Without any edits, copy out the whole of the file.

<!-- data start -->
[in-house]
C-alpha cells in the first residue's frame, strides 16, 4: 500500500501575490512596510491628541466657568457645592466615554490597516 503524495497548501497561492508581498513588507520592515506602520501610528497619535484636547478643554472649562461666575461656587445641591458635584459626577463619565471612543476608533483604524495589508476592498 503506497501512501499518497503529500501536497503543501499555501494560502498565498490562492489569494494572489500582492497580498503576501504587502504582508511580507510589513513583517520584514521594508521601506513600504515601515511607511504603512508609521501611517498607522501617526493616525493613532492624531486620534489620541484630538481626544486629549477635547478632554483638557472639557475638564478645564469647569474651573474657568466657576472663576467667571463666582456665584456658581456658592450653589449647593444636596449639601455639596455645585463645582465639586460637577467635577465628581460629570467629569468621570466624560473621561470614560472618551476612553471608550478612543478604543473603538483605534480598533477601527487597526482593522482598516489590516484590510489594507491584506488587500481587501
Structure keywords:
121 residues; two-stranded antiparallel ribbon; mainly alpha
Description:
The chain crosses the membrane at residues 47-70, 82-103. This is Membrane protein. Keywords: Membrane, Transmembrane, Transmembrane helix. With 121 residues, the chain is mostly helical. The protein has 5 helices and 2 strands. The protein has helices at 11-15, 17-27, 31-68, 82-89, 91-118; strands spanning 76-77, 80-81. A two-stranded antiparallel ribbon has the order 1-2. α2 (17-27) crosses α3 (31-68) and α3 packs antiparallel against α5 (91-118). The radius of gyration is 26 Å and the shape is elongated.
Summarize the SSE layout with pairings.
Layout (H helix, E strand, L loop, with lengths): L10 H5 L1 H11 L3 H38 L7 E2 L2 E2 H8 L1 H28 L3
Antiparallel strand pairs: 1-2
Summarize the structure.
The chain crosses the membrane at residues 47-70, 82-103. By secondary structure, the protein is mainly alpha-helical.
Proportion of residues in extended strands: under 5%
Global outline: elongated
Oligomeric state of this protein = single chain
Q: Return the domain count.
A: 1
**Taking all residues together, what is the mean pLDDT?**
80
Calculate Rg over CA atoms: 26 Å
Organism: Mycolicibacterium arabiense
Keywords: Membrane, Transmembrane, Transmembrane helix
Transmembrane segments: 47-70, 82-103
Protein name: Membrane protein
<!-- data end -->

[in-house]
C-alpha cells in the first residue's frame, strides 16, 4: 500500500501575490512596510491628541466657568457645592466615554490597516 503524495497548501497561492508581498513588507520592515506602520501610528497619535484636547478643554472649562461666575461656587445641591458635584459626577463619565471612543476608533483604524495589508476592498 503506497501512501499518497503529500501536497503543501499555501494560502498565498490562492489569494494572489500582492497580498503576501504587502504582508511580507510589513513583517520584514521594508521601506513600504515601515511607511504603512508609521501611517498607522501617526493616525493613532492624531486620534489620541484630538481626544486629549477635547478632554483638557472639557475638564478645564469647569474651573474657568466657576472663576467667571463666582456665584456658581456658592450653589449647593444636596449639601455639596455645585463645582465639586460637577467635577465628581460629570467629569468621570466624560473621561470614560472618551476612553471608550478612543478604543473603538483605534480598533477601527487597526482593522482598516489590516484590510489594507491584506488587500481587501
Structure keywords:
121 residues; two-stranded antiparallel ribbon; mainly alpha
Description:
The chain crosses the membrane at residues 47-70, 82-103. This is Membrane protein. Keywords: Membrane, Transmembrane, Transmembrane helix. With 121 residues, the chain is mostly helical. The protein has 5 helices and 2 strands. The protein has helices at 11-15, 17-27, 31-68, 82-89, 91-118; strands spanning 76-77, 80-81. A two-stranded antiparallel ribbon has the order 1-2. α2 (17-27) crosses α3 (31-68) and α3 packs antiparallel against α5 (91-118). The radius of gyration is 26 Å and the shape is elongated.
Summarize the SSE layout with pairings.
Layout (H helix, E strand, L loop, with lengths): L10 H5 L1 H11 L3 H38 L7 E2 L2 E2 H8 L1 H28 L3
Antiparallel strand pairs: 1-2
Summarize the structure.
The chain crosses the membrane at residues 47-70, 82-103. By secondary structure, the protein is mainly alpha-helical.
Proportion of residues in extended strands: under 5%
Global outline: elongated
Oligomeric state of this protein = single chain
Q: Return the domain count.
A: 1
**Taking all residues together, what is the mean pLDDT?**
80
Calculate Rg over CA atoms: 26 Å
Organism: Mycolicibacterium arabiense
Keywords: Membrane, Transmembrane, Transmembrane helix
Transmembrane segments: 47-70, 82-103
Protein name: Membrane protein